4. 41 CFR 301-2.3 - What standard of care must I use in incurring travel expenses?

    Science.gov (United States)

    2010-07-01

    ... Management Federal Travel Regulation System TEMPORARY DUTY (TDY) TRAVEL ALLOWANCES INTRODUCTION 2-GENERAL... 41 Public Contracts and Property Management 4 2010-07-01 2010-07-01 false What standard of care... same care in incurring expenses that a prudent person would exercise if traveling on personal business. ...

  5. The Influence of Cognitive Abilities on Mathematical Problem Solving Performance

    Science.gov (United States)

    Bahar, Abdulkadir

    2013-01-01

    Problem solving has been a core theme in education for several decades. Educators and policy makers agree on the importance of the role of problem solving skills for school and real life success. A primary purpose of this study was to investigate the influence of cognitive abilities on mathematical problem solving performance of students. The…

  6. Survey on the Assessment of the Current Actual Expenses Incurred by Students on the Meals and Accommodation within and around the Campuses: The Case of Tanzania Higher Education Students' Loans Beneficiaries

    Science.gov (United States)

    Nyahende, Veronica R.; Bangu, Asangye N.; Chakaza, Benedicto C.

    2015-01-01

    This Survey analyses the current actual expenses incurred by students on the meals and accommodation within and around the campuses. The study was geared towards achieving the following objectives: (i) to examine the current cost incurred by a students for meals In Campus, (ii) to examine the current cost incurred by a students for accommodation…

  7. Endoscopically placed guide wire assisted nasogastric tube insertion for palliation of absolute dysphagia in patients with incurable esophageal cancer

    Directory of Open Access Journals (Sweden)

    Purkayastha Joydeep

    2006-01-01

    Full Text Available Carcinoma of the esophagus is a dreadful disease because it causes a lot of distress to the patient due to its adverse effects on swallowing. Many patients present with large incurable disease or undergo disease progression and become incurable. Such patients are advised palliative and symptomatic care. The most distressing symptom that requires palliation in such patients is dysphagia. Many procedures are available for relief of dysphagia, but these are not readily available or are costly. We describe a simple, safe, cost effective and easy to do procedure for palliation of malignant dysphagia by insertion of Ryle′s tube over a endoscopically placed guide wire especially suitable for patients of the poor socio-economic strata.

  8. Analysis of human performance problems at the Swedish nuclear power plants

    International Nuclear Information System (INIS)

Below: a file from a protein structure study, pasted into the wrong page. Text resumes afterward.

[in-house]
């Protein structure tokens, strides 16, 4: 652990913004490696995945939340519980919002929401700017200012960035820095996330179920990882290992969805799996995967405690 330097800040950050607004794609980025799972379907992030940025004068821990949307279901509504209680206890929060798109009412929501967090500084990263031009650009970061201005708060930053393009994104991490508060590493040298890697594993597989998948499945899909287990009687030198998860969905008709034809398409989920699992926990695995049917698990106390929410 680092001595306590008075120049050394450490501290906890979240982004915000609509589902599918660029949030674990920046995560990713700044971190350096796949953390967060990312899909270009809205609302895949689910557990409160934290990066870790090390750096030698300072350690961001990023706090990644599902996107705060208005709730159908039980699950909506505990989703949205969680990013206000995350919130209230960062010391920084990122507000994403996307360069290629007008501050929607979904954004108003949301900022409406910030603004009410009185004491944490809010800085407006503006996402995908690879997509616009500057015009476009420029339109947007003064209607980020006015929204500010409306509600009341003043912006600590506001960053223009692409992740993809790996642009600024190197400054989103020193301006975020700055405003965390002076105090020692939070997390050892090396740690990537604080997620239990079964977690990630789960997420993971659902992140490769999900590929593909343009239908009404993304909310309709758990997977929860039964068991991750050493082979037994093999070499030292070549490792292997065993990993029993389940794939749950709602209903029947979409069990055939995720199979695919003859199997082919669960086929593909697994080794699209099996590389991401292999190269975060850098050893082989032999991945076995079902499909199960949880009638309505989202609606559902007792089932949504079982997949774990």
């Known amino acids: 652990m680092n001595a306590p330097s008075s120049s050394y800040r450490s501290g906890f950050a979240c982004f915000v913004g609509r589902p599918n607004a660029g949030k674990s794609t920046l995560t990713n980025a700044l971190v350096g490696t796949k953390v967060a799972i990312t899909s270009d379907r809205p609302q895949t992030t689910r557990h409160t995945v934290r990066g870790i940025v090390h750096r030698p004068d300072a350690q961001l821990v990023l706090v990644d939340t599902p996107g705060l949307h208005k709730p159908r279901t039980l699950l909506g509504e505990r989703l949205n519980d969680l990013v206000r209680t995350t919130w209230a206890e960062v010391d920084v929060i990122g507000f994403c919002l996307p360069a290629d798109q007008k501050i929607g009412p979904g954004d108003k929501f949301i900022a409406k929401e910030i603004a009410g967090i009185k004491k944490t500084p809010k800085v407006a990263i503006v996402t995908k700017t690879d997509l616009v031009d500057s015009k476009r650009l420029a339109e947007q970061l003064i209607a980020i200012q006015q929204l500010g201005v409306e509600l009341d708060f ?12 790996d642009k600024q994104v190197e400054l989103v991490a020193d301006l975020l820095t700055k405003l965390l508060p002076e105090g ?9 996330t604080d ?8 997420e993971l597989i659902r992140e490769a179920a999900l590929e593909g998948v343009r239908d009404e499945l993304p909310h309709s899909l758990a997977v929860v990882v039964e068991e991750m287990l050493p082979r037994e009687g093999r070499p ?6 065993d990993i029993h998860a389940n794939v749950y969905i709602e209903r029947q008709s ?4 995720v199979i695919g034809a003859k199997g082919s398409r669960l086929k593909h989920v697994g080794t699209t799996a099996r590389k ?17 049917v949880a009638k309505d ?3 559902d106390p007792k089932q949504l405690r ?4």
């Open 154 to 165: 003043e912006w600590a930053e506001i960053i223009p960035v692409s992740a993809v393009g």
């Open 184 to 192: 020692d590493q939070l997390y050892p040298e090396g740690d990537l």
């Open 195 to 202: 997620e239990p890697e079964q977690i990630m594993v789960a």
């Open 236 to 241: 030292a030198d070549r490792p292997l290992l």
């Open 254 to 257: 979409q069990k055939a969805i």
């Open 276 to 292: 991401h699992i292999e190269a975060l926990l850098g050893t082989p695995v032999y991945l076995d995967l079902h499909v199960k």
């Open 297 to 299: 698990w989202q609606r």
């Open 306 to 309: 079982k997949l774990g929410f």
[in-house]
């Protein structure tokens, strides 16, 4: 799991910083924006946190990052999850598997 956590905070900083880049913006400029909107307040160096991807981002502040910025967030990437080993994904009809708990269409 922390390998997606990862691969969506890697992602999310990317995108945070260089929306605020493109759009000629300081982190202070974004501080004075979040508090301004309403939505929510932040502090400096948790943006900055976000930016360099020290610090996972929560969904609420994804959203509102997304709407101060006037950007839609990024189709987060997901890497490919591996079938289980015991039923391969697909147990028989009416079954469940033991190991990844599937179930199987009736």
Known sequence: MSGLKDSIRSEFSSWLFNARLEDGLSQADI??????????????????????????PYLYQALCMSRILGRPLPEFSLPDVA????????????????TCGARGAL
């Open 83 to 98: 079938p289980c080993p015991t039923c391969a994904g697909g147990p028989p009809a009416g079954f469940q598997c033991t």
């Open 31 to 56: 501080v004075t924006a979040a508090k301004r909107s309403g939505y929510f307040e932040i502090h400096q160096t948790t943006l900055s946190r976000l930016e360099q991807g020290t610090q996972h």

Bento, J.P.

    1988-01-01

    The last five years of operation of all Swedish nuclear power plants have been studied with respect to human performance problems by analysing all scrams and licensee event reports (LERs). Thus, the study covers 165 scrams and 1318 LERs. As general results, 39% of the scrams and 27% of the LERs, as an average for the years 1983-1987, are caused by human performance problems. Among the items studied, emphasis has been put on the analysis of the causal categories involved in human performance problems resulting in plant events. The most significant causal categories appear to be Work organization, Procedures not followed, Work place ergonomics and Human variability

  9. Genetic discrimination and personality rights: problems and solutions

    OpenAIRE

    Bandeira, Ana Cláudia Pirajá; UEM; Scariot, Tatiane Botura; UEM

    2007-01-01

    Nowadays, genetic biology is the scientific area that has developed the most, especially due to the Human Genome Project, conferring a new biotechnological appearance to this century. On the one hand, the new biomedical discoveries and achievements nurture humanity’s hope of eliminating incurable diseases in order to increase human life with improved quality. On the other hand, at the same time that science brings countless benefices, it also introduces new ethical-juridical problems related ...

  10. Palliative patients’ and significant others’ experiences of transitions concerning organizational, psychosocial and existential issues during the course of incurable cancer: A systematic review protocol

    DEFF Research Database (Denmark)

    Madsen, Rikke; Uhrenfeldt, Lisbeth

    2014-01-01

    ABSTRACT Review question/objective The objective of this review is to identify, appraise and synthesize the best available evidence exploring palliative patients’ or their significant others’ experiences of transitions during the course of incurable cancer. In this review, transitions are concept...... exploring euthanasia will be excluded because euthanasia is not included in the WHO definition of palliation. KEYWORDS Lived experience; incurable cancer; patient; significant other; transition; organizational; psychosocial; existential...

  11. Delivery of antiretroviral treatment services in India: Estimated costs incurred under the National AIDS Control Programme.

    Science.gov (United States)

    Agarwal, Reshu; Rewari, Bharat Bhushan; Shastri, Suresh; Nagaraja, Sharath Burugina; Rathore, Abhilakh Singh